Discussion:Career Change

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Discussion Forum Index --> Business Growth Community --> Career Change


Martineo (talk|edits) said:

28 April 2006
Sick of doing insurance, I'm planning to start my own business in ,lets say, 3 years

Question: May I learn Quick Books, then try to find a job to get experience Or learn how to do corporations? Thank you, Orlando

DZCPA (talk|edits) said:

11 May 2006
Take some tax preparation classes and then get a part time job during tax season.

Taxref (talk|edits) said:

12 May 2006
I would suggest that you learn accounting, if you have not already done so. Contrary to how many accounting software programs are advertised, one has to know accounting in order to use them properly. Corporate tax returns are generally easier than many personal returns (in my opinion, at least). But without an accounting background one cannot really prepare corporate returns.

Inagpurwala (talk|edits) said:

5 June 2006
Taxref: Why do you think so? I would like to know. I always thaught that corp are more complex than individuals.

Thanks. Ishaq.Inagpurwala 15:06, 5 June 2006 (CDT)

Pegoo (talk|edits) said:

18 January 2007
From what I have done so far. I can say Corps are easier than LLCs / SCORPs / and PERSONAL.

Will (talk|edits) said:

18 January 2007
1120's and Sub S are a lot easier than personal IMO also. I agree with taxref that accounting knowledge it is a somewhat of an undisclosed pre-requisite for doing corporate returns in any kind of reasonable speed though. The reason I think they are easier is you are working with a T/B rather than just source documents. Not to mention the bridges between QB and Intuit's tax products.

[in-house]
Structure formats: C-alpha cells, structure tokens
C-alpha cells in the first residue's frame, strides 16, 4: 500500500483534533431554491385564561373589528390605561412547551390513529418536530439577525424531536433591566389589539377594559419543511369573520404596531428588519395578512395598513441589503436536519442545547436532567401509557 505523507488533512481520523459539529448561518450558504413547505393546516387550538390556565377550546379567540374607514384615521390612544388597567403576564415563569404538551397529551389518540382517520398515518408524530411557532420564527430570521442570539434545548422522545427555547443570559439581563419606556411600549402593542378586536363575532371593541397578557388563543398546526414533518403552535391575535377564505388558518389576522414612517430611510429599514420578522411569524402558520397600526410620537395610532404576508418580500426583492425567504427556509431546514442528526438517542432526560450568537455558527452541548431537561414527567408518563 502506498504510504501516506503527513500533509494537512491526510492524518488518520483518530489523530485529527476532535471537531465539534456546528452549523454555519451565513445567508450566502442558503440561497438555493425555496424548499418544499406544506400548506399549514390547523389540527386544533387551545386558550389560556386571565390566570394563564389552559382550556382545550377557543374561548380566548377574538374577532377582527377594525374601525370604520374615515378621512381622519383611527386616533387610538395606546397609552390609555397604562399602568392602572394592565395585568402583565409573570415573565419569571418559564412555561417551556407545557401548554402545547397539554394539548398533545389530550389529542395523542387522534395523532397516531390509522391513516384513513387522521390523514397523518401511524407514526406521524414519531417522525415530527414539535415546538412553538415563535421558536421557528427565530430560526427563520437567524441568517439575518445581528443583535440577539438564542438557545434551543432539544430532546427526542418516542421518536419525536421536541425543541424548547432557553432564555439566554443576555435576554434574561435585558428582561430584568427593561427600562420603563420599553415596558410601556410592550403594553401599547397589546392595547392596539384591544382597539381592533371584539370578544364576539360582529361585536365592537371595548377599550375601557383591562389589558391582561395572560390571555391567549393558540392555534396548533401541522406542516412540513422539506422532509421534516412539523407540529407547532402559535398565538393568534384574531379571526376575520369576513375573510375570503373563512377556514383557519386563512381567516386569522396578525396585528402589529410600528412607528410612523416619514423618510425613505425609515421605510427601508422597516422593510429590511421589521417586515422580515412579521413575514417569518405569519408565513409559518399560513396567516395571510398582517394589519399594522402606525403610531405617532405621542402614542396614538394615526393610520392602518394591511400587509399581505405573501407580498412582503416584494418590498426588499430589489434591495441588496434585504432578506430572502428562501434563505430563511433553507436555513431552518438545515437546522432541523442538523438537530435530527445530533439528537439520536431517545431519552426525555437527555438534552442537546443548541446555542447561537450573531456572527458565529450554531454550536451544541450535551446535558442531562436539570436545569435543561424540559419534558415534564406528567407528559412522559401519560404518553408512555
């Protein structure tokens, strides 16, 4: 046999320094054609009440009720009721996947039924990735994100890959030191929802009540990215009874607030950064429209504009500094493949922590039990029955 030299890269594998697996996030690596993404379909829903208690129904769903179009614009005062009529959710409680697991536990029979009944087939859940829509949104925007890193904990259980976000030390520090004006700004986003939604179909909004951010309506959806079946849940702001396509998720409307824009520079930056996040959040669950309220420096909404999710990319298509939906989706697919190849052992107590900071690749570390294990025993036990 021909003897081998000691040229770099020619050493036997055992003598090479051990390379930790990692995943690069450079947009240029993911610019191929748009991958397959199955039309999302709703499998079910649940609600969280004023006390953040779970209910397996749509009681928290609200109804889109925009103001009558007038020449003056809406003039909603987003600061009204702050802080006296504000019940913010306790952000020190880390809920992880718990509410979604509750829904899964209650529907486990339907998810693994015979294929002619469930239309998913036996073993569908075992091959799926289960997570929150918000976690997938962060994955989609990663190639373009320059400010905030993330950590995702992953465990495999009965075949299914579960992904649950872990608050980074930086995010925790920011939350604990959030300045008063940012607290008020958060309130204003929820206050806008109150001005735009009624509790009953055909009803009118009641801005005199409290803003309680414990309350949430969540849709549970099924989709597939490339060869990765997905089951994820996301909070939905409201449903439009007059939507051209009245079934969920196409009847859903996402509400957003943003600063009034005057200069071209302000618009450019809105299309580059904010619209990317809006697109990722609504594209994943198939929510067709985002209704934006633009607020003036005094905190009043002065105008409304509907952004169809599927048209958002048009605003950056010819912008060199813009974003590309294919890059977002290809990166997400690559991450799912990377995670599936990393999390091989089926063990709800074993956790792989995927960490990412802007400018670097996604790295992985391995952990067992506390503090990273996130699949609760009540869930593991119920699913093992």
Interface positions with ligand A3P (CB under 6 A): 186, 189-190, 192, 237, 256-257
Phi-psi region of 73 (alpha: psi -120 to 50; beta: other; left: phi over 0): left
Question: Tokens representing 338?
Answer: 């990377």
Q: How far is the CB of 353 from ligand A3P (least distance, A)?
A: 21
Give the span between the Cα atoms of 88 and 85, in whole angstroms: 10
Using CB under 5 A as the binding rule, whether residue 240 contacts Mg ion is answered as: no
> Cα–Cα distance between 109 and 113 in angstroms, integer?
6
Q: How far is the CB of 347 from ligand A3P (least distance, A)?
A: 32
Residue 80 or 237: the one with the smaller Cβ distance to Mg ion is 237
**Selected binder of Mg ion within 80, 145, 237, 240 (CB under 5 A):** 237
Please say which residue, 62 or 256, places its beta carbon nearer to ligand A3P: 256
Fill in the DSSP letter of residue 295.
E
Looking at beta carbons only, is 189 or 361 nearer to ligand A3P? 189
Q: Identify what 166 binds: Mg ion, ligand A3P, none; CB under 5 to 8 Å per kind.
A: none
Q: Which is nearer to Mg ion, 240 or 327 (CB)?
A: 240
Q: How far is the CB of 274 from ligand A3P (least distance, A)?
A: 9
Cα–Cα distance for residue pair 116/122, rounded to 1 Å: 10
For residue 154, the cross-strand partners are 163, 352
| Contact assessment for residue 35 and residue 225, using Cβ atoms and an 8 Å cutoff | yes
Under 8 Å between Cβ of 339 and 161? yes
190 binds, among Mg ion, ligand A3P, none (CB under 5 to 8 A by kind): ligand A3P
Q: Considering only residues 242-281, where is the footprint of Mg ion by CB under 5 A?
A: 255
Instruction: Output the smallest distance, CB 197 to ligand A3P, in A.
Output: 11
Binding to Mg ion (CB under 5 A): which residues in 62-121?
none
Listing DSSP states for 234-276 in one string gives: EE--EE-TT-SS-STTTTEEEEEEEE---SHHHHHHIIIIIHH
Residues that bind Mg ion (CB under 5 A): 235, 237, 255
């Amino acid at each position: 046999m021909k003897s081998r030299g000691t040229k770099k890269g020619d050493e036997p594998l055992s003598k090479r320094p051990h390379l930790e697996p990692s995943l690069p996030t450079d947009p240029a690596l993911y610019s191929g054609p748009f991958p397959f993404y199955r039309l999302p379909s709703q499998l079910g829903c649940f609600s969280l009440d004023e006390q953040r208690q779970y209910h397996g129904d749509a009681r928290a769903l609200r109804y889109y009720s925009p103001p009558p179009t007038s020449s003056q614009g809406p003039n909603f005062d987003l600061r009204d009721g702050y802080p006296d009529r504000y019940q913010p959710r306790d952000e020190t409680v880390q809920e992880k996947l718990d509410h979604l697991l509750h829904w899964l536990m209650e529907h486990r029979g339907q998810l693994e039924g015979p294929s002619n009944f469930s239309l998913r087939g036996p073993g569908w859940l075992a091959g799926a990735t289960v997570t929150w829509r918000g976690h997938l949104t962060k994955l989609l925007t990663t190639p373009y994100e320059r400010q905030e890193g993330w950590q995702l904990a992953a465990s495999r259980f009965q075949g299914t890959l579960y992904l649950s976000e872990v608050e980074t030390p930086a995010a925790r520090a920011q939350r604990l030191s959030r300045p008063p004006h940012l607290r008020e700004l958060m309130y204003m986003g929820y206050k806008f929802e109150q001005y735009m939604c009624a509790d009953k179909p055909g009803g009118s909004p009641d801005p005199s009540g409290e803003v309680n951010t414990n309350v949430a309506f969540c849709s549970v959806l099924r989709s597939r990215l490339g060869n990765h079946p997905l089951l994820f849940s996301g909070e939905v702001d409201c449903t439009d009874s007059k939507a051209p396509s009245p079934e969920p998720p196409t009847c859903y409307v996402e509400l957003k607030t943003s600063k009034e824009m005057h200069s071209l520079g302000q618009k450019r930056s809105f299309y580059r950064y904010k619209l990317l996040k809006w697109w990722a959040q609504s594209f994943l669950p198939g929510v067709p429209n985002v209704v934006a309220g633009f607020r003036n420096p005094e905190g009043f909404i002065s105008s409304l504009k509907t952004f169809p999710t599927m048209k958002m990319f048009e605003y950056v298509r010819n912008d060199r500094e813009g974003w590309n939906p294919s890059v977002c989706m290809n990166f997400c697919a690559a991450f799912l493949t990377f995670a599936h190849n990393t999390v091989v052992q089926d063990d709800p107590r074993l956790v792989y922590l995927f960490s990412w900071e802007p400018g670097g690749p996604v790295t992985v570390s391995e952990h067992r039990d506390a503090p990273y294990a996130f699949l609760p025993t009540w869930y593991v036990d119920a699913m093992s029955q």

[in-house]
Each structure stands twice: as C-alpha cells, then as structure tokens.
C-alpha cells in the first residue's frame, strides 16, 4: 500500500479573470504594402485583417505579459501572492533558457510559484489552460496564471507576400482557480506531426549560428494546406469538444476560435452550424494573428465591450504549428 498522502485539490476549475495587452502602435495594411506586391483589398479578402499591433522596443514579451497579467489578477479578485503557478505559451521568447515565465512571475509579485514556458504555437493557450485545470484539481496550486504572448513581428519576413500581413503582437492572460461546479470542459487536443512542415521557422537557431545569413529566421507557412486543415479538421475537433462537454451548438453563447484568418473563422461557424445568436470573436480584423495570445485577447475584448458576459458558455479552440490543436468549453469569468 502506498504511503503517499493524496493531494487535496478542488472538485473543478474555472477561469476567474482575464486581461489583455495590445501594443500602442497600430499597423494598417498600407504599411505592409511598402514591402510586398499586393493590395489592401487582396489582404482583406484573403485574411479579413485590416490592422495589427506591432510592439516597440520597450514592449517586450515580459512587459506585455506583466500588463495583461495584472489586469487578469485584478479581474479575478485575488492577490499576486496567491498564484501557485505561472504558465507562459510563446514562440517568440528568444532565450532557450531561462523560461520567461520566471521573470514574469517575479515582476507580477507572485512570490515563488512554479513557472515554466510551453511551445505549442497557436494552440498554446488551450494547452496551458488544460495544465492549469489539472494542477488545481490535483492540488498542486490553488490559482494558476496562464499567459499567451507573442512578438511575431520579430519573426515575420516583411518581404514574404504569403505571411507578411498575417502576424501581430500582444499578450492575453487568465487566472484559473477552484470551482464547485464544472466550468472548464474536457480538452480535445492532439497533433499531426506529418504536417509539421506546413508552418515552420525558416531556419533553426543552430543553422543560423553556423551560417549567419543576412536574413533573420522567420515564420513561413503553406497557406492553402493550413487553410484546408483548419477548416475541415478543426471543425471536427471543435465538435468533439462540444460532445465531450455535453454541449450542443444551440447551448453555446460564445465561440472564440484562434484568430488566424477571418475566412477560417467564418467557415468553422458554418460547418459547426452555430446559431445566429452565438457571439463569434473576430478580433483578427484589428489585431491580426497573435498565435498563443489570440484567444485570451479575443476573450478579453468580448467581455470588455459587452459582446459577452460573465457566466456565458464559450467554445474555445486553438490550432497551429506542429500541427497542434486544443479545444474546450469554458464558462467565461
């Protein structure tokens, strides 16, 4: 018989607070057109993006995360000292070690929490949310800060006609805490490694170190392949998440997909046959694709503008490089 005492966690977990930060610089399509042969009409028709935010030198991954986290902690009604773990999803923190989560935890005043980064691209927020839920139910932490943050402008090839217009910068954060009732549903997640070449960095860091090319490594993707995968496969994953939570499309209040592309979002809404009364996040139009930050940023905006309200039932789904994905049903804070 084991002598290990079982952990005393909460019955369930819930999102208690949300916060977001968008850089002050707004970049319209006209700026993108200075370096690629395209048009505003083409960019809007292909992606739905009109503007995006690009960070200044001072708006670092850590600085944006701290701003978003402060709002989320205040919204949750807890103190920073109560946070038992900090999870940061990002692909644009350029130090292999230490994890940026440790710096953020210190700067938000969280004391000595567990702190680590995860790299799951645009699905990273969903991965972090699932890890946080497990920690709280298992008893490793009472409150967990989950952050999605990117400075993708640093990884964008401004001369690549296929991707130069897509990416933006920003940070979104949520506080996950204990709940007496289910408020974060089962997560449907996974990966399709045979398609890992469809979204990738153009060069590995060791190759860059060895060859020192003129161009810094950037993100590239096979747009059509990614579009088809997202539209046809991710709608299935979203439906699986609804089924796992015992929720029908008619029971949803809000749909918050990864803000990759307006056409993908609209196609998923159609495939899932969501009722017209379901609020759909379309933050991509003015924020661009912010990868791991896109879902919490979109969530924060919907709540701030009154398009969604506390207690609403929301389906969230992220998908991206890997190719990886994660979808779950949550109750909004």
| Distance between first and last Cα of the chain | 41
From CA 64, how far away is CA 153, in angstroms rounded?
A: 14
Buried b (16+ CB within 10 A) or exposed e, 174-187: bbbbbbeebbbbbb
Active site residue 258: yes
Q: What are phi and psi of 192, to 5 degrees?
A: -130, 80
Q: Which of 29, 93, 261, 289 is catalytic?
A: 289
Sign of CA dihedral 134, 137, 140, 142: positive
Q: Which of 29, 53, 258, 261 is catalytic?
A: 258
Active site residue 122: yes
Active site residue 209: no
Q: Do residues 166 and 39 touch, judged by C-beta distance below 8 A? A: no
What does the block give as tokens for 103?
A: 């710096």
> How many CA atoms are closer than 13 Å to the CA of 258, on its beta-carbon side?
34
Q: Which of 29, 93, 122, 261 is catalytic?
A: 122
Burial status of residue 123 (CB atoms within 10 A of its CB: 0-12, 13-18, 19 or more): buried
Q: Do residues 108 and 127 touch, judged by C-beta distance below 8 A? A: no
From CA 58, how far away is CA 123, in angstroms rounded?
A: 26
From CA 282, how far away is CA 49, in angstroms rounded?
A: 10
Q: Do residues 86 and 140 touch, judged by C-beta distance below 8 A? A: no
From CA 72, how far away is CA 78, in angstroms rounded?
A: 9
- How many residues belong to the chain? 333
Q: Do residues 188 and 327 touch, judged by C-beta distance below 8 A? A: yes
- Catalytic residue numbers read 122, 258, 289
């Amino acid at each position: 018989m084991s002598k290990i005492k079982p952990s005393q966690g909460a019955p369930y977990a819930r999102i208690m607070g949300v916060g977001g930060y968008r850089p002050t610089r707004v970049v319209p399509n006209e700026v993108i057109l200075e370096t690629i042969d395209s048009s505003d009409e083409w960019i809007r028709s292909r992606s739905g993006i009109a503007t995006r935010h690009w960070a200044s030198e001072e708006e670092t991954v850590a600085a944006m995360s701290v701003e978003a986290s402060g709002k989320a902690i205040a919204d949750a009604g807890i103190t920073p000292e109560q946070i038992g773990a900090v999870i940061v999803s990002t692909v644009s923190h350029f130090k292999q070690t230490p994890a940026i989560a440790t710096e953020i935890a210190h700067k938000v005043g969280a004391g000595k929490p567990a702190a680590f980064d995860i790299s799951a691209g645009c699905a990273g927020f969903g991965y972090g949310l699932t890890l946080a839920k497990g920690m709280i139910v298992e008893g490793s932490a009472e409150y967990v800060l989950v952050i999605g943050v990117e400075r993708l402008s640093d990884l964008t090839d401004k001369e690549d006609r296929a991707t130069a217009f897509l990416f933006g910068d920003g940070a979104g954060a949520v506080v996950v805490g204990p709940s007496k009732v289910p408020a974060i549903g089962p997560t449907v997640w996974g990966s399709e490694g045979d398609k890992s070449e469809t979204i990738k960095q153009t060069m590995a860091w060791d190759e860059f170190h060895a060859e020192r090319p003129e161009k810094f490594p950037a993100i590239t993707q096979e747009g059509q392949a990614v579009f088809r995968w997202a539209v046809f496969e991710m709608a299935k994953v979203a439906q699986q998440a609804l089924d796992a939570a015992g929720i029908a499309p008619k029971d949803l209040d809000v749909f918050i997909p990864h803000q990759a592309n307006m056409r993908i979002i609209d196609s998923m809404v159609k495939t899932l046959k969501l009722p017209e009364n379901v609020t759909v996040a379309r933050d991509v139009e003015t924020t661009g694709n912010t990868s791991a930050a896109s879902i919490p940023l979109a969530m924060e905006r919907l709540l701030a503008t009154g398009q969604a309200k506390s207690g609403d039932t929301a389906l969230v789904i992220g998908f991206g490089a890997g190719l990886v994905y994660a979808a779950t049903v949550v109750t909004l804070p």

William Price, EA | Portland, OR - Talk to me

Lacerulean (talk|edits) said:

17 April 2008
Does anyone know if I need to acquire a state license for tax services? I asked the local SBA but it seems no one knows.

TaxFlake (talk|edits) said:

17 April 2008
IMMHO, it may help if we knew which state you were in. Bliss? Ignorance? Other?

Taxoasis (talk|edits) said:

8 October 2011
I couldn't figure out how to start a new thread so I went with this discussion topic. Has anyone every worked for Intuit as a "Ask a Turbotax Tax Expert"? They have a job posting right now. I was wondering if anyone had personal experience with this?

http://www.intuit.apply2jobs.com/ProfExt/index.cfm?fuseaction=mExternal.showJob&RID=72315&sid=629

MrParker (talk|edits) said:

9 October 2011
Hi Susan, I can tell you about the interview process and am set to begin training for it in about a month. This is my first year doing it.

Lisaw (talk|edits) said:

10 October 2011
They are recruiting heavily in my area for these positions. Just recently they began recruiting for part time as well as full time. I must get 2 or 3 emails a week asking me to apply and it is also listed on Craigslist about once a week. It doesnt look like it pays great since you must be an EA or CPA, at least not for California, but the commute is stellar.

Taxoasis (talk|edits) said:

10 October 2011
Mr. Parker,

Thanks would be interested in hearing your insights. I left a message on your user page with contact information.

Lisaw, What do you know about the pay?

Thanks.

Lisaw (talk|edits) said:

10 October 2011
They use the number of $8000 or more for tax season if you hit their bonus target. That's with 30/40 hours a week during tax season plus training hours prior. I am guessing pay ends up being $16 to $20 an hour. Certainly better then HR Block and no commute. Probably MrParker can tell you more. I think one of the bonuses of this to supplement a new practice is one can control the demands better then if you are at a small firm.

Lisaw (talk|edits) said:

10 October 2011
They use the number of $8000 or more for tax season if you hit their bonus target. That's with 30/40 hours a week during tax season plus training hours prior. I am guessing pay ends up being $16 to $20 an hour. Certainly better then HR Block and no commute. Probably MrParker can tell you more. I think one of the bonuses of this to supplement a new practice is one can control the demands better then if you are at a small firm.

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